A Few Questions for Jason Konopinski
Jason Konopinski is a freelance writer, blogger and all around cool guy. Check out his blog here.
How old were you when you decided you wanted to be a writer?
Hmm. That’s an interesting question. I’ve always been a downright voracious reader from my very earliest years, so I suppose moving into writing was a natural progression of that interest arc. While I was actively writing for pleasure throughout my elementary and middle school years, it was high school that really provided both the inspiration and the source material to get serious. Most of my creative output at that time was poetry (I was reading lots of Gary Snyder, Lawrence Ferlinghetti, Allan Ginsberg especially during those years). I’ve never been comfortable writing fiction so I focus on the essay and poetic forms.
Who is your favorite author and what is your favorite book by them?
For my fifteenth birthday, my parents gave me a leatherbound copy of J.R.R. Tolkien’s “Lord of the Rings”. He’s been a favorite ever since. Tolkien’s ability to create complex linguistic systems and build whole worlds around the rules of grammar is nothing short of awe-inspiring to me. Kerouac’s “Dharma Bums” and “Maggie Cassidy” both hold special meaning to me, too.
What motivated you to start blogging?
I tried for a number of years to gain some kind of purchase in the blogosphere – and there are a few blogs out with my name attached that have been left to wither. The problem with most of these was that I wasn’t fully invested into their success. I’d give it a whirl, post a couple of times and lost interest. Rinse, repeat. Back in 2010, I was coming off a big journalism project with a regional magazine and the fire came back. It was the spark that I needed to start blogging with a real sense of purpose. Every once in a while, I look back at those early posts and laugh. They’re so horribly bad. Contrived drivel. Once I actually listened to my own voice, I hit my stride.
I know you are a big music geek. What is your most treasured piece of memorabilia?
None of the LPs in my collection are particularly valuable on their own, but they hold great sentimental value. First and foremost, I buy vinyl because there’s an aesthetic connection between the physical piece of media and the music that’s captured therein. Music is memory, and I’m always amazed how quickly a single song can hearken back to some detail from my past. They’re not always pleasant, but they’re memories just the same. Perhaps the single instrument in my collection that has the most meaning is the fretless mountain banjo made for me by a gentleman in MN named John Petersen. John has a condition called Poland’s Syndrome where the fingers of his right hand are almost non-existent, so it makes the story behind his work even more powerful to me. It’s one of my favorite instruments to play.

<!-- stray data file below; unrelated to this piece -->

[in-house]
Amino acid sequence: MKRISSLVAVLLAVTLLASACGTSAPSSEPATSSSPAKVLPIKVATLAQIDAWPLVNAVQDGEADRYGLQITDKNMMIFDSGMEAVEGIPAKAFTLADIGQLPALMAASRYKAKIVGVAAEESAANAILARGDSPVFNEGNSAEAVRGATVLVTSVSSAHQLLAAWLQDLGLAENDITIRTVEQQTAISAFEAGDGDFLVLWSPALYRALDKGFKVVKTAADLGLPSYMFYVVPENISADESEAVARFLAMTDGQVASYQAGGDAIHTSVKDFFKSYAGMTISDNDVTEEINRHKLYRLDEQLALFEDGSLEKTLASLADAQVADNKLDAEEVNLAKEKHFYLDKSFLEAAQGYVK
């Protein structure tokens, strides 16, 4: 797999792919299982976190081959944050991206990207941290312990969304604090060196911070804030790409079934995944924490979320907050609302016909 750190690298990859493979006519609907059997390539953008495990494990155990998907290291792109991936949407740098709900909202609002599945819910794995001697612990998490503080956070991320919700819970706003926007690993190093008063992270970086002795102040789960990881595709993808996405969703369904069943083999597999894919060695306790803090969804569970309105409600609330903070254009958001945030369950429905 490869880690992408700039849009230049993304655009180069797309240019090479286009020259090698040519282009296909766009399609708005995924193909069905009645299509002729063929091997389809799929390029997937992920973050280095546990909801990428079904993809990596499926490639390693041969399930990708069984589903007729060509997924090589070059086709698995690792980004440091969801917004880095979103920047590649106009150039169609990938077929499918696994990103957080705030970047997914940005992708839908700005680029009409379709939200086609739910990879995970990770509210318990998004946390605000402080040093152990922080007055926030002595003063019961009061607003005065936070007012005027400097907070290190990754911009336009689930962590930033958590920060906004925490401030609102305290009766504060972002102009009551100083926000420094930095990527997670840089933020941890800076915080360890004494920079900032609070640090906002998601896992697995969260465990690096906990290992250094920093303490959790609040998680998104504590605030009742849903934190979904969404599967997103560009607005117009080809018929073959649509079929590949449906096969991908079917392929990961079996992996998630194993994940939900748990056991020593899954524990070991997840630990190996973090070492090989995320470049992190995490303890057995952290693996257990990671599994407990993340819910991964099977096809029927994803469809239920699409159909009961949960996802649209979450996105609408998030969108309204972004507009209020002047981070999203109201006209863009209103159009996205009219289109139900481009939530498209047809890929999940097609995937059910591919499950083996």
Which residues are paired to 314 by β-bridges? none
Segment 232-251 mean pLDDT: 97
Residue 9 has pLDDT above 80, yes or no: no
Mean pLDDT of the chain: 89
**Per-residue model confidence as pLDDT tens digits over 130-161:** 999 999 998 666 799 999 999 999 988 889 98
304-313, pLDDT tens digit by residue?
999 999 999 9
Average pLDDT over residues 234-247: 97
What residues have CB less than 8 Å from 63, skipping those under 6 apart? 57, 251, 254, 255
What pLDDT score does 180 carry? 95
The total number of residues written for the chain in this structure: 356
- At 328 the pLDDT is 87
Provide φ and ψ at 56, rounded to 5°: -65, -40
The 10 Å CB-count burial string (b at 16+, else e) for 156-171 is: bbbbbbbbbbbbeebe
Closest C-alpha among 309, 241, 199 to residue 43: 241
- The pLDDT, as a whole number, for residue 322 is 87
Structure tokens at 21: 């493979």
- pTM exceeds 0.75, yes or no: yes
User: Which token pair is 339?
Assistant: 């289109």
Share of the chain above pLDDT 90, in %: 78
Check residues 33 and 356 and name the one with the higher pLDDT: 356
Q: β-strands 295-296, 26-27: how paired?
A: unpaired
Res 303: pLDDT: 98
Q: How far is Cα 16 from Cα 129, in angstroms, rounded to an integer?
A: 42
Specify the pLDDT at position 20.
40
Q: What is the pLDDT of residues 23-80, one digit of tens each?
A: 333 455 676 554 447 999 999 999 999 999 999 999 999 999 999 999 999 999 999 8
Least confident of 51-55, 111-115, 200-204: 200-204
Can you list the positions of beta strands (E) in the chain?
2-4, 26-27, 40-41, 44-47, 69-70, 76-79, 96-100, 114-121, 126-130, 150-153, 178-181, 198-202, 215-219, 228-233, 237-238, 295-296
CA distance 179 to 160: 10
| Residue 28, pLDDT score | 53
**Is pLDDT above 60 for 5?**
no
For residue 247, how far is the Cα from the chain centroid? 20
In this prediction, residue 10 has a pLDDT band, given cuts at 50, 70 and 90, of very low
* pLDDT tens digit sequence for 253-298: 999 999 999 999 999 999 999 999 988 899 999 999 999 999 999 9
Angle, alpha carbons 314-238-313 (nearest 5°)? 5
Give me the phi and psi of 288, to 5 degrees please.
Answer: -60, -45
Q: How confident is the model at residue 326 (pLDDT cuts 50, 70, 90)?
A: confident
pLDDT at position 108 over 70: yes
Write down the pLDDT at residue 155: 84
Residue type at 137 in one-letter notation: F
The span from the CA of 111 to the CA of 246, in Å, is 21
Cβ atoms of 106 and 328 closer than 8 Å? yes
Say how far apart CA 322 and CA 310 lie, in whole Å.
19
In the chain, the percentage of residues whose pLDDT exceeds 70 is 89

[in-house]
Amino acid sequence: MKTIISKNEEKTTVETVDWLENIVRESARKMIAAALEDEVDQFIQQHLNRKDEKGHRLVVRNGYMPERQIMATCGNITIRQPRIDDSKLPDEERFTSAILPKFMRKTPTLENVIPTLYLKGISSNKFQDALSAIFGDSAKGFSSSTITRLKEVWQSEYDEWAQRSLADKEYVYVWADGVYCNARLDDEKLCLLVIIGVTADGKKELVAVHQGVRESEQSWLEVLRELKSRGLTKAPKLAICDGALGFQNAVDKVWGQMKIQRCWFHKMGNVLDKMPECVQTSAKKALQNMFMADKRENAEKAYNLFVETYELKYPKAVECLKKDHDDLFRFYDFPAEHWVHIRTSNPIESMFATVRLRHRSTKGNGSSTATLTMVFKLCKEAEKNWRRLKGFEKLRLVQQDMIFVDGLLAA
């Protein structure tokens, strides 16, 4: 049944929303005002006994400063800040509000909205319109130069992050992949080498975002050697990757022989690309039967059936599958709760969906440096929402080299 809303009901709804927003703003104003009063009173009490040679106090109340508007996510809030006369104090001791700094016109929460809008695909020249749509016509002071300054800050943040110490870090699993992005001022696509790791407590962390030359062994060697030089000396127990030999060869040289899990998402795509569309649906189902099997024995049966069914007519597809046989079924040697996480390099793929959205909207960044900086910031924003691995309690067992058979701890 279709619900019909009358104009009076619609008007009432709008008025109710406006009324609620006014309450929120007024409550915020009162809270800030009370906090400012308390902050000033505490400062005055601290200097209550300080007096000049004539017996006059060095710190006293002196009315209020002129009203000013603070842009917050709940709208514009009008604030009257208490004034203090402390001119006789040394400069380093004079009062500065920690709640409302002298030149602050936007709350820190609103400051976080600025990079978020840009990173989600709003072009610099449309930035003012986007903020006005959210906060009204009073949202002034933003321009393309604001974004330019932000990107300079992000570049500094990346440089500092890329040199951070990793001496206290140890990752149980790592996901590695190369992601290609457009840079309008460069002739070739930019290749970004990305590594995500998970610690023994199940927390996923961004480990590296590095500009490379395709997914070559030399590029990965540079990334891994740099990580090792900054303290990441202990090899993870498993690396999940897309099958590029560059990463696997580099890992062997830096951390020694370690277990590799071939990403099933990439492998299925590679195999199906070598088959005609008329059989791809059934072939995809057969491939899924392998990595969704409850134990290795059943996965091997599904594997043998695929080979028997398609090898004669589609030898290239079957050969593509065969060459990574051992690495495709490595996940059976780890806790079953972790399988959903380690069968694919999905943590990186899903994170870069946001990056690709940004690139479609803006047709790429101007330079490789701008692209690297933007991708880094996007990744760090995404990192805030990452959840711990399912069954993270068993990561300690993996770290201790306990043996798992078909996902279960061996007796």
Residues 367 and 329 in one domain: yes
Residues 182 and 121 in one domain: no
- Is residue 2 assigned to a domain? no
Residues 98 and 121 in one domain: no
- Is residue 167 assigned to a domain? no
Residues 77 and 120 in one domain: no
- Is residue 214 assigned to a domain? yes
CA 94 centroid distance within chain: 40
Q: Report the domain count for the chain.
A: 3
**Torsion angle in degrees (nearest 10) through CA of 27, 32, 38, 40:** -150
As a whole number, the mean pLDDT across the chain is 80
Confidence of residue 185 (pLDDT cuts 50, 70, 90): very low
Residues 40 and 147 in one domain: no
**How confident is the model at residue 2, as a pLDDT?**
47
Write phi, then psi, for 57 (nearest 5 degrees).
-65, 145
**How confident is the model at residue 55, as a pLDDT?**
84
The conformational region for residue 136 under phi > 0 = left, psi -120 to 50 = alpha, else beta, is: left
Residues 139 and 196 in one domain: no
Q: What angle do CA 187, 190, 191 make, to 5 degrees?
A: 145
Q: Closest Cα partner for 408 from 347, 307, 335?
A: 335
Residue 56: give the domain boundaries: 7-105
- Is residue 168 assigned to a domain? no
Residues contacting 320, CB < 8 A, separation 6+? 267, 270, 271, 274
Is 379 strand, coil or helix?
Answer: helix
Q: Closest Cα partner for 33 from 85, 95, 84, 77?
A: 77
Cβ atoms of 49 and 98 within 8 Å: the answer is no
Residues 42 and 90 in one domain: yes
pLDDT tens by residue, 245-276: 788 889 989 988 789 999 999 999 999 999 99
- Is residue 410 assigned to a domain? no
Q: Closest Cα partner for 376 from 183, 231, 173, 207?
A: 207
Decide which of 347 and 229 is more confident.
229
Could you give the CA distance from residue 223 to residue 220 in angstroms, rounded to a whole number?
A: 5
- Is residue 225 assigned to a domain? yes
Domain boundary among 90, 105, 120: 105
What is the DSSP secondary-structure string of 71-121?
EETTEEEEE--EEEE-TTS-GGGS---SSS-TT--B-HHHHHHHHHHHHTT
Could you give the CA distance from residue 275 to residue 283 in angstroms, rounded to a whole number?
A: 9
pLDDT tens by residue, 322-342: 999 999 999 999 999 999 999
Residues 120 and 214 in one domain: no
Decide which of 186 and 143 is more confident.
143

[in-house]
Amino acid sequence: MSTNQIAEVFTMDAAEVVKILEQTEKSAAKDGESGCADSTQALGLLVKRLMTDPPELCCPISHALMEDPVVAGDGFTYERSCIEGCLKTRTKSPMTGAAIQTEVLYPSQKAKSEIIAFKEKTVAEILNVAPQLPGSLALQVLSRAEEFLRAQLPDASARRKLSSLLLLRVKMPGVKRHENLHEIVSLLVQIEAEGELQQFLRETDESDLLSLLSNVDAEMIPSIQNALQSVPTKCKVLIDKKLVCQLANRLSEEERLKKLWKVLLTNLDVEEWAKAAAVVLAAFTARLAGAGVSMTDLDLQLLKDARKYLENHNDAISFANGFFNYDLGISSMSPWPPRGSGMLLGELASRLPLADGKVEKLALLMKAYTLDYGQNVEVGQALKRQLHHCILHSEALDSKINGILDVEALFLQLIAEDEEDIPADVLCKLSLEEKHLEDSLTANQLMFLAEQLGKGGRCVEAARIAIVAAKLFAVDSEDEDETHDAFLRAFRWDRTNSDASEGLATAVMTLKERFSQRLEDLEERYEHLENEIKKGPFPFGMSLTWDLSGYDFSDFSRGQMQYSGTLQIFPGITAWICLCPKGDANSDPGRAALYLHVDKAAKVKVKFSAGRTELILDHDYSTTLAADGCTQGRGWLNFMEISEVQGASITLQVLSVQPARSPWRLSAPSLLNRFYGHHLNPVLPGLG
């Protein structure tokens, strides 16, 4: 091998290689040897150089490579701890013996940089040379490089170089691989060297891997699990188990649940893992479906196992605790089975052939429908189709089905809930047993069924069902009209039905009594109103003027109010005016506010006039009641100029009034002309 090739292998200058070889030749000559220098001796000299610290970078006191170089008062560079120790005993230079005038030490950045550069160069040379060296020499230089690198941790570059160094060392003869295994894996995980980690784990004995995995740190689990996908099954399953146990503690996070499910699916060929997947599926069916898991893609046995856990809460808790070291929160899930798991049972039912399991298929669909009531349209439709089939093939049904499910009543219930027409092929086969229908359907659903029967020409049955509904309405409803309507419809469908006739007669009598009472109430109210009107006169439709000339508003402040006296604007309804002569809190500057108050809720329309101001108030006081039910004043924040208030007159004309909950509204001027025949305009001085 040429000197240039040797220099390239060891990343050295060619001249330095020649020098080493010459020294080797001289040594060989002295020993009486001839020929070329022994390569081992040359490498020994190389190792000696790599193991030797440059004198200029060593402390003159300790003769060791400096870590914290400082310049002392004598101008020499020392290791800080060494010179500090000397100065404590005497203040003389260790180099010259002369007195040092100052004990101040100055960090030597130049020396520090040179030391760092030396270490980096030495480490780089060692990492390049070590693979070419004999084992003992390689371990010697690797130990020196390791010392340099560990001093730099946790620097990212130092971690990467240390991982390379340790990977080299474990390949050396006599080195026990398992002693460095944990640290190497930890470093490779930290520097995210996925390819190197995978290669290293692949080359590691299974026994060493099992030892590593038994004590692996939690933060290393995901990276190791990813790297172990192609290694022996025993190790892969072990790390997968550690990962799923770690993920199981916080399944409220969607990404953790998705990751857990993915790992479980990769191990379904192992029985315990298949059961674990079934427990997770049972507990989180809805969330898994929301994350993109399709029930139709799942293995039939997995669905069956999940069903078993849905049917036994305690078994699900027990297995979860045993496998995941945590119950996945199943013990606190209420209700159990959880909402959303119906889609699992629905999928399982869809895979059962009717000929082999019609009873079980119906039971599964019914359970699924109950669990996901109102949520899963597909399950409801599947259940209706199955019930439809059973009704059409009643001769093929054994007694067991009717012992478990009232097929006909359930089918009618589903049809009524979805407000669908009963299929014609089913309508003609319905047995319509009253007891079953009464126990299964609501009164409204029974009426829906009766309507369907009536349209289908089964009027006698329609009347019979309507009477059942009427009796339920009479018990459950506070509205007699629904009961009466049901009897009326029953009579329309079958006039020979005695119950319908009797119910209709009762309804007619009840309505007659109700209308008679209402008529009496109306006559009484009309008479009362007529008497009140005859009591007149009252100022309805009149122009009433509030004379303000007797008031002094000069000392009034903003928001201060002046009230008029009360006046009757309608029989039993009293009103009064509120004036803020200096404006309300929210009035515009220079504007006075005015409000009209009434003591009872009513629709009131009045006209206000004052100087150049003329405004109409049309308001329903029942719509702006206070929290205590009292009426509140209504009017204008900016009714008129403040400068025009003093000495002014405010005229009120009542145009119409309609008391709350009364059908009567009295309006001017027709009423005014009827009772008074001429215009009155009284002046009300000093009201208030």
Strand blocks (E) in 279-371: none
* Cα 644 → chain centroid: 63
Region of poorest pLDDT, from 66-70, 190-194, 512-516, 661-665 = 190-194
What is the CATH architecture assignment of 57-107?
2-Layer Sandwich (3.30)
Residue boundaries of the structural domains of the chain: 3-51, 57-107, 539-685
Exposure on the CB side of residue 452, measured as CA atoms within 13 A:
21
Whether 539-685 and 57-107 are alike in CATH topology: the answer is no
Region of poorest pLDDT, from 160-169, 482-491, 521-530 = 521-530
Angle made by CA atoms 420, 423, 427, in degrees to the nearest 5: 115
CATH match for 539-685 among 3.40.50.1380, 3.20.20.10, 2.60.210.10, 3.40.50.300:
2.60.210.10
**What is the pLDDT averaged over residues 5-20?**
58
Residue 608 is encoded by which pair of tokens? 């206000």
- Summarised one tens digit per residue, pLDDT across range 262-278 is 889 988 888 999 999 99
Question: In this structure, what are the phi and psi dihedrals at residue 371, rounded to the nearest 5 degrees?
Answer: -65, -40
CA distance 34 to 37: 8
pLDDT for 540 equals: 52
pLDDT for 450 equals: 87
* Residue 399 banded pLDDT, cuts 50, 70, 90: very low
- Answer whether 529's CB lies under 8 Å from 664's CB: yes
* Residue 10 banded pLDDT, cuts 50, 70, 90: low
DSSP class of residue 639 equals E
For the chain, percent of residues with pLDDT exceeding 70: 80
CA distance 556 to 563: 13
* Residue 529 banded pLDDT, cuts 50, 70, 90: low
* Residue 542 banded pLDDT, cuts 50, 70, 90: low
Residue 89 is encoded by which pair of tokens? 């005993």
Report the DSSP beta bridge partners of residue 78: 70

Here’s a link: http://www.youtube.com/watch?v=JpuaixY8WHk
Tell me what event in your life shaped your taste in music.
I’ve always been surrounded by music, though I don’t come from a musical family. Both of my parents fostered a deep appreciation for music of all shapes and sorts in my sister and me. It wasn’t until I was 19 or 20 that learning to play became a priority; first, guitar, and then, mandolin and banjo. If I can point to a single life-changing musical moment, it would be my 2008 trip to Arnhemland. I spent three weeks helping record traditional song and dance and learned yidaki rhythms from Djalu Gurruwiwi, a Yolngu man from the Galpu clan who, by tradition, are considered to be custodians of the instrument. Witnessing manikay (sacred song sequence) performed on a beach near Yirrkala raised the hairs on my arms. It still does when I listen to those recordings.
How did you come to be a freelancer? Do you enjoy it?
I’ve been freelancing since 2007. That really began as an extension of my work in the digital solutions (namely, stock photography) world. One of the obvious benefits of being in a consulative sales position is becoming that trusted source; my agency clients would call on me to help brainstorm a new campaign or work on this bit of copy, and the work started coming in. What early on was really a stop-gap between roles has become a bigger part of my professional experience, but I’m still not in a position to rely 100% on my freelance work.
What advice would you give to someone who you knew wanted to start working for themselves but also needed to keep their day job?
We all have our passions and the work that we want to be doing. It’s all about preparation – knowing that you have the regular clients to sustain you when times get tough, squirreling away the income. I wish I could say that I did all of those things, but I didn’t. I’m fighting harder than ever to bring on more clients while still hunting for the FT role that’ll make me happiest.
What is the best piece of relationship advice you ever received? What was the worst? Did you follow the advice?
That’s easy. A relationship, professional or personal, built up on false pretenses and appearances can’t last. I’ve always tried to follow that with everyone that I meet. Insincerity smells something awful.
Worst relationship advice? You can buy your way in.
Last question – Snoopy Dance with me – Yay or Nay? YAY!
And that’s it!